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Old 12-03-2012, 06:42 PM   #16
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Peerless 5 HP 3 phase motor hums...


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Originally Posted by Poodlehead View Post
I thought all 3 phases were the same, about 110-125, with respect to ground. I was measuring 230-247 between phases, which is double a one phase measurement. I guess I'm a bit 'corn-fused'...
It's not possible to have a 3-phase system with 240V between phases and 120V from each phase to ground. The voltages don't add up. If you have 120V from each phase to ground, then you have a wye system, and the voltage between phases must be 208V. This is a common type of system, but isn't what you have. If you have 240V between phases, then you have a delta system and the voltage from phase to ground is either 120-208-120, or 240-0-240, depending on whether it's a high-leg delta service (most common, and what you have) or a corner-grounded delta (very uncommon).

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Old 12-03-2012, 07:00 PM   #17
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Peerless 5 HP 3 phase motor hums...


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Originally Posted by mpoulton View Post
If you had check each phase to ground with a light bulb, you would get a burned out light bulb! One of those phases is 208V to ground.

To get around this problem your test lamp should be
rated for 240v !
Either use a 240v lamp or use 2 x 120v lamps in series.

This is common practice in Australia,
but we use 2 x 240v lamps
incase we find 415v.

But because you use 120v,
then you would use 2 x 120v lamps
incase you find 220v.

Test lamps are a simple but very effective tester.
You can put them in a clear acyrilic tube
for protection.
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Old 12-03-2012, 07:33 PM   #18
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Peerless 5 HP 3 phase motor hums...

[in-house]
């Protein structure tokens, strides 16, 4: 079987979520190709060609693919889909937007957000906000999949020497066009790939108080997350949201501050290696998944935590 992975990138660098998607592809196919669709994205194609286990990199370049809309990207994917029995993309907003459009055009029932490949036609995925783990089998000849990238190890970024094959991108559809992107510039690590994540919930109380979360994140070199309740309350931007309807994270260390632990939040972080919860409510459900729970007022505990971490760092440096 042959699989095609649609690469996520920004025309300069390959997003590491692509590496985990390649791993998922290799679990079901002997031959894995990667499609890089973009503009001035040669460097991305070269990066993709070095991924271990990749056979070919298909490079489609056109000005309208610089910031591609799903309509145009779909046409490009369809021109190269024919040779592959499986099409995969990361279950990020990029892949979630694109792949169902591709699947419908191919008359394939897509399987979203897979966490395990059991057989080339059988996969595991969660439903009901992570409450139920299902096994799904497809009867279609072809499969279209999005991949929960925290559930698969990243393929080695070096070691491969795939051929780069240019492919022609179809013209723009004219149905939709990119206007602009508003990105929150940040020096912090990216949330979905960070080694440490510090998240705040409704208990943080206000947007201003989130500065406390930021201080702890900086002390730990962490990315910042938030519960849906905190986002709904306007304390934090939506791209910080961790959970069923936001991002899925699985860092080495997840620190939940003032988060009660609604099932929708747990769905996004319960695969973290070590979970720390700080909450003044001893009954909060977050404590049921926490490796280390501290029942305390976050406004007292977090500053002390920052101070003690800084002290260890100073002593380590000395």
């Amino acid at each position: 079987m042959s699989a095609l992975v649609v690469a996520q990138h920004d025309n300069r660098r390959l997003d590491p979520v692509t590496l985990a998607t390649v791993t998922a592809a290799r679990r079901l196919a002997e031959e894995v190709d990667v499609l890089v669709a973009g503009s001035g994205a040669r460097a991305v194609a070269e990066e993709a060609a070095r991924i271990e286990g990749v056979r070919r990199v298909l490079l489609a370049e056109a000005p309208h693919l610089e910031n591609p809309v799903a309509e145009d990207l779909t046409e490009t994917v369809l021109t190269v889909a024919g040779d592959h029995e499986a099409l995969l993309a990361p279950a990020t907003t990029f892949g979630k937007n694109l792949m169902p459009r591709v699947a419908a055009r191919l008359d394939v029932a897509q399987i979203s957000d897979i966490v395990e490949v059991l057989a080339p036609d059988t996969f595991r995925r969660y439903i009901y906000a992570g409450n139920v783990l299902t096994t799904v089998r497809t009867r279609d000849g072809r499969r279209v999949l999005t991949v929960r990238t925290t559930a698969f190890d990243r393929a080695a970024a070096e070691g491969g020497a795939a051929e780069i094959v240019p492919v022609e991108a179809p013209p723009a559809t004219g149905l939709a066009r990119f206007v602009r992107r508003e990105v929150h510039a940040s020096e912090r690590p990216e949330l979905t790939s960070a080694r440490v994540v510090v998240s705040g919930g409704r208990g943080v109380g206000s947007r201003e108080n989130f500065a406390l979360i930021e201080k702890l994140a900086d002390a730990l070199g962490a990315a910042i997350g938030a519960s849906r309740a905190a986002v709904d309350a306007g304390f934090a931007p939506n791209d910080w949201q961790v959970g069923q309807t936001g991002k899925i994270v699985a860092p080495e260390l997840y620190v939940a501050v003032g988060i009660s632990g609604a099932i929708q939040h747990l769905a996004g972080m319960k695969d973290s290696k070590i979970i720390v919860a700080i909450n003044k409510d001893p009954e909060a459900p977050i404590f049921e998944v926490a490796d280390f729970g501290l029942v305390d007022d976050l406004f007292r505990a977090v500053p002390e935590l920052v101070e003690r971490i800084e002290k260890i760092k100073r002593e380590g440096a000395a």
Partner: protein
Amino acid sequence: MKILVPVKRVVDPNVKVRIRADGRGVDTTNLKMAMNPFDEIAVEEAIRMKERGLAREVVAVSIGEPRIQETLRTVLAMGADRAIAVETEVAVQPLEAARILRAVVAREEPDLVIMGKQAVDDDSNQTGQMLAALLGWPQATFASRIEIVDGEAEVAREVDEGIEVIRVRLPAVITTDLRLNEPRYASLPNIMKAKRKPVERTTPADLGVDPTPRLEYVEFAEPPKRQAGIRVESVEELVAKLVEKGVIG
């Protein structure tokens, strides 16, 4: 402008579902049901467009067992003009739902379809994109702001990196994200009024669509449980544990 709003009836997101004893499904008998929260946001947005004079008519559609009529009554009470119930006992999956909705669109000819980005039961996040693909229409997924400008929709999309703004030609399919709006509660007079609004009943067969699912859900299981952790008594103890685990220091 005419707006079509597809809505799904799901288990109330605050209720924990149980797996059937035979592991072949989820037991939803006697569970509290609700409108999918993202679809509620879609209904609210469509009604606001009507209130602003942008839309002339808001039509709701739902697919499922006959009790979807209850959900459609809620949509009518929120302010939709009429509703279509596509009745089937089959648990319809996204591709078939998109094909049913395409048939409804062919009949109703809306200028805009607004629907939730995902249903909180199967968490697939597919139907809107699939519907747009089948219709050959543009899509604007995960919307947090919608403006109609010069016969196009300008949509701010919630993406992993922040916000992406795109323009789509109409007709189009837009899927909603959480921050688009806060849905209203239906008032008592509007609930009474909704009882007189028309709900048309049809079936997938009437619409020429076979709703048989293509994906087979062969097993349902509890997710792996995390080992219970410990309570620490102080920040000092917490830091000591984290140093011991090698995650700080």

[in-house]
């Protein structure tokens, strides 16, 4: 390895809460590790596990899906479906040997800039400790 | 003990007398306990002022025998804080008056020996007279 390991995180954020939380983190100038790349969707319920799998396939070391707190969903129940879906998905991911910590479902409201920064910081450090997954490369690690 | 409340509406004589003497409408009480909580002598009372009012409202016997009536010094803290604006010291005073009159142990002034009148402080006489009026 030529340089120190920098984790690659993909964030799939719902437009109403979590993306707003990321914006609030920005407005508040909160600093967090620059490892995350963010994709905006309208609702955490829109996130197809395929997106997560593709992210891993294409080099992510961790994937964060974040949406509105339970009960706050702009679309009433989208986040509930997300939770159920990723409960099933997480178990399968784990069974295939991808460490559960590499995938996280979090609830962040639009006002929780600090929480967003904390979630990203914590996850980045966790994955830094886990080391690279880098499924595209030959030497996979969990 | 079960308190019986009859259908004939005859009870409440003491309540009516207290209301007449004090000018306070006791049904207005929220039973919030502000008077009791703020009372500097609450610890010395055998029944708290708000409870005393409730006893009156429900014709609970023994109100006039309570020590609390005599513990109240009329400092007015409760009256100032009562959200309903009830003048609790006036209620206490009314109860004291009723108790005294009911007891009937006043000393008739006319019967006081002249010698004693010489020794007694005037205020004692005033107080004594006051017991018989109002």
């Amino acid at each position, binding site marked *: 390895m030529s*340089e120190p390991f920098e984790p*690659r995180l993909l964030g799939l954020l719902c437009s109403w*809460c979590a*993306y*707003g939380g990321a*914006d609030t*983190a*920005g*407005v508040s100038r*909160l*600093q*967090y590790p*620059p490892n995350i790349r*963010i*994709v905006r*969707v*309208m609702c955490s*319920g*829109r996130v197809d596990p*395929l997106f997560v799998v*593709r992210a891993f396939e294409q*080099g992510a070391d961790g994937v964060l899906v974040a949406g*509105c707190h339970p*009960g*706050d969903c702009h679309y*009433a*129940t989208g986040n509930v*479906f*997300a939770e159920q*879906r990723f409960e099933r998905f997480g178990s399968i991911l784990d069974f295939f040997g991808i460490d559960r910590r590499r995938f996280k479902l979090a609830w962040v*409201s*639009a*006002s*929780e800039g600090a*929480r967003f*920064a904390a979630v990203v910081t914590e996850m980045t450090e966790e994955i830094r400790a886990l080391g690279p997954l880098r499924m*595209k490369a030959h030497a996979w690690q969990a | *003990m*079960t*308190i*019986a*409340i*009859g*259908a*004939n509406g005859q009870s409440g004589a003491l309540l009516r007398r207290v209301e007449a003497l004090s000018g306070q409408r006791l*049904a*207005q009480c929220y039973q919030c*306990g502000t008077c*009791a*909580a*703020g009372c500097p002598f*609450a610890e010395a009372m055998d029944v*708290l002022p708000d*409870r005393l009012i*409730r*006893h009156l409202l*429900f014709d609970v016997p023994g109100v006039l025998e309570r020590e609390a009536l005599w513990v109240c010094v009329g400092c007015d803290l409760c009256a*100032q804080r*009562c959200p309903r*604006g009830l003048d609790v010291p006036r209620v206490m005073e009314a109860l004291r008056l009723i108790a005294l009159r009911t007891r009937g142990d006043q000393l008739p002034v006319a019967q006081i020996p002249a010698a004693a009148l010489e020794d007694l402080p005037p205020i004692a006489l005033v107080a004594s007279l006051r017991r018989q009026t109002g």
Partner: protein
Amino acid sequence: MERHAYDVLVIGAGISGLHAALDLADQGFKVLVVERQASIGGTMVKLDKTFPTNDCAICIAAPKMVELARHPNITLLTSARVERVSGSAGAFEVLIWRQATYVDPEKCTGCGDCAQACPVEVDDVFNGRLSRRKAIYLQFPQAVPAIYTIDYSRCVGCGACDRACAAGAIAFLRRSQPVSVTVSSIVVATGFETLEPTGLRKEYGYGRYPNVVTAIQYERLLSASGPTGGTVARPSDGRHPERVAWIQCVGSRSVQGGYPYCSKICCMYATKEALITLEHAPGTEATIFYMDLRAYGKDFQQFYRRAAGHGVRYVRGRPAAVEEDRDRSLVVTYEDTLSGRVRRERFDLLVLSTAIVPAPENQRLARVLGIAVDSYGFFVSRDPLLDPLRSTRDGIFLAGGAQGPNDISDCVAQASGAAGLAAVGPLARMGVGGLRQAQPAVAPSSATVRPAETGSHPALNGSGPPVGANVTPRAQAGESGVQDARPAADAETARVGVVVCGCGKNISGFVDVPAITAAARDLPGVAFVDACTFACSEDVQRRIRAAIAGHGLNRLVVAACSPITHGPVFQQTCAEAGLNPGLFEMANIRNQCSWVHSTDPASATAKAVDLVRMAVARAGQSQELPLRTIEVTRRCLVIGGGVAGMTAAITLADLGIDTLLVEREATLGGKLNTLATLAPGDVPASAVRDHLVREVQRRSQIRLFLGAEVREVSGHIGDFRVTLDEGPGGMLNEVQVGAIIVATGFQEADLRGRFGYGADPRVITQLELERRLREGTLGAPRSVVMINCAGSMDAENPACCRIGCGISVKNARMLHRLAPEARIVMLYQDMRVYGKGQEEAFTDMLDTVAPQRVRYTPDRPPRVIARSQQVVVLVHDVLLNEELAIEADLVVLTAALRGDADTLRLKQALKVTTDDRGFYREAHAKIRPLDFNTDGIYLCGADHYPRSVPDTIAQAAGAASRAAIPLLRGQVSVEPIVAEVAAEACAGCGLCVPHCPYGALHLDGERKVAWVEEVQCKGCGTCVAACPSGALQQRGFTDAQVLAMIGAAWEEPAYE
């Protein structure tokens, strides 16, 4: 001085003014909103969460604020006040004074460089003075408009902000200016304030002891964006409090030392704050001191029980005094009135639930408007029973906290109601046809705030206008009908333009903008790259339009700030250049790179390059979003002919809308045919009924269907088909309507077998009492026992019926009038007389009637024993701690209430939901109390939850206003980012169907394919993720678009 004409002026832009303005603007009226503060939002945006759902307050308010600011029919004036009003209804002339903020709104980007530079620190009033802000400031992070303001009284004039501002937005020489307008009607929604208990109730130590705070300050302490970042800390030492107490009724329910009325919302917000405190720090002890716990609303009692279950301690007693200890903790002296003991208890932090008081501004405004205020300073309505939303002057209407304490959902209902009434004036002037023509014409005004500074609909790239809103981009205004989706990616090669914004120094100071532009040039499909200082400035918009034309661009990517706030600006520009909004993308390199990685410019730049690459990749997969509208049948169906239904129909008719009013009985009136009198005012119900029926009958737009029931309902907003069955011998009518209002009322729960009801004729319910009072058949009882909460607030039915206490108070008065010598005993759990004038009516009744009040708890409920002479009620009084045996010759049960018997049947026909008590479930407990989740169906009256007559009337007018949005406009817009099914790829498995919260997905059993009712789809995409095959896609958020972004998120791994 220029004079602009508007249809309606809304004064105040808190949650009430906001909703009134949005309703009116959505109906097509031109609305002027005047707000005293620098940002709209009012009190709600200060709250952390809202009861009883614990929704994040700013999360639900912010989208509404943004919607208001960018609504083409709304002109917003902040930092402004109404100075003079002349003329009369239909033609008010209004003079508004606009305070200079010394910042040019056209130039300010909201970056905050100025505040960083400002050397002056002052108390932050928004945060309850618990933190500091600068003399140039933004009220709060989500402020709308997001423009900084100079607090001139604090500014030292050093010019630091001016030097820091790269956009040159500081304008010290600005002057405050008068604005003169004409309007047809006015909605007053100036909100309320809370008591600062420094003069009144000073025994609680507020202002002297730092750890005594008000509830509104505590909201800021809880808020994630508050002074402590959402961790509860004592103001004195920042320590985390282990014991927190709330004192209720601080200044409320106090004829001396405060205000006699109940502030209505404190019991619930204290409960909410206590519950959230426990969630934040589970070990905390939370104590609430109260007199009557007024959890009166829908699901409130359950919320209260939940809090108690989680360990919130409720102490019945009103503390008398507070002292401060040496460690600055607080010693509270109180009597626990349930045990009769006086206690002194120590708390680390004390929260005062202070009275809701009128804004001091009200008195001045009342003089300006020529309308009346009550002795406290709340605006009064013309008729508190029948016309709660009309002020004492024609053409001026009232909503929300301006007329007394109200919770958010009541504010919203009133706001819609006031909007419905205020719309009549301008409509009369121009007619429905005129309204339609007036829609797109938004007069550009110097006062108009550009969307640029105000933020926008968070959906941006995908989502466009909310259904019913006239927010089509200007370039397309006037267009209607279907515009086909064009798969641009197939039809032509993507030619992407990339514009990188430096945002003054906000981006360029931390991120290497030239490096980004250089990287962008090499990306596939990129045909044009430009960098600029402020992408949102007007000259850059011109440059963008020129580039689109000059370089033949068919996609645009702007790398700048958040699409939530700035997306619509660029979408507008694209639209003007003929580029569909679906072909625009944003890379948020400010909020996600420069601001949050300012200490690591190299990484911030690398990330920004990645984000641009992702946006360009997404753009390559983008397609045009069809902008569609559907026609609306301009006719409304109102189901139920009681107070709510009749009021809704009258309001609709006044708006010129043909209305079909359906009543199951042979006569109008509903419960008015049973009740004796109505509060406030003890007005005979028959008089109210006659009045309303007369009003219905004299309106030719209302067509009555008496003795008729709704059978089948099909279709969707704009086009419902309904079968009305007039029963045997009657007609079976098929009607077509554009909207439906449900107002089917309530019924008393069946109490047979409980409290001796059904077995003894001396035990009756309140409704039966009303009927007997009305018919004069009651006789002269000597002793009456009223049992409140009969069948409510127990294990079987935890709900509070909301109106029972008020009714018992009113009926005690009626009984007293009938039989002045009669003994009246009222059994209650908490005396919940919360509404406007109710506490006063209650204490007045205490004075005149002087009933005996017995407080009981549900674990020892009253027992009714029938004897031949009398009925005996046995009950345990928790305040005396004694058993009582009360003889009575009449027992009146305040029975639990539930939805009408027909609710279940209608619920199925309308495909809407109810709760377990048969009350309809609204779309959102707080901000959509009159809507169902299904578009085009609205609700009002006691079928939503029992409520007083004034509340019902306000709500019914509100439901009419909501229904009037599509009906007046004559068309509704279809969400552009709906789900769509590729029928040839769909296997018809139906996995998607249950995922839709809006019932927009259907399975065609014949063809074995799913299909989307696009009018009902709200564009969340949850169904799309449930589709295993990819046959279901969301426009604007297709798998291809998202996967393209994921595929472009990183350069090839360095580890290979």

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It's not possible to have a 3-phase system with 240V between phases and 120V from each phase to ground. The voltages don't add up.
Now that the 3rd phase is connected again, I will re-measure.

Quote:
Originally Posted by mpoulton View Post
If you have 120V from each phase to ground, then you have a wye system, and the voltage between phases must be 208V. This is a common type of system...
I don't understand why each phase can be 120V to gnd, but going across two phases is only 208V and not 240V. Maybe the addition that I'm missing has to do with rms, avg, or peak readings?

I'm pretty sure that I have a 4 wire wye config and maybe my high readings earlier of 247V across two phases was due to one phase not connected? I will re-measure tomorrow because I would like to understand this better.

Thank you for your help AND patience!

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Originally Posted by dmxtothemax View Post
To get around this problem your test lamp should be... ...a 240v lamp or use 2 x 120v lamps in series... You can put them in a clear acyrilic tube
for protection.
Great ideas! Thanks much!
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Old 12-04-2012, 12:32 AM   #19
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Peerless 5 HP 3 phase motor hums...


I will give you a quick drawing what the typical 3 phase 4 conductor service look like so you will get the idea.

The upper one is WYE connection and the lower one is DELTA connection with wild leg.



Hope that clear up on that one but beware the drawing letters are not the excat the same as it supposed to be but the key item is you find the netural on B-C then you know the A is wild leg per picture in real life normally B phase is wild leg if connected to the netural.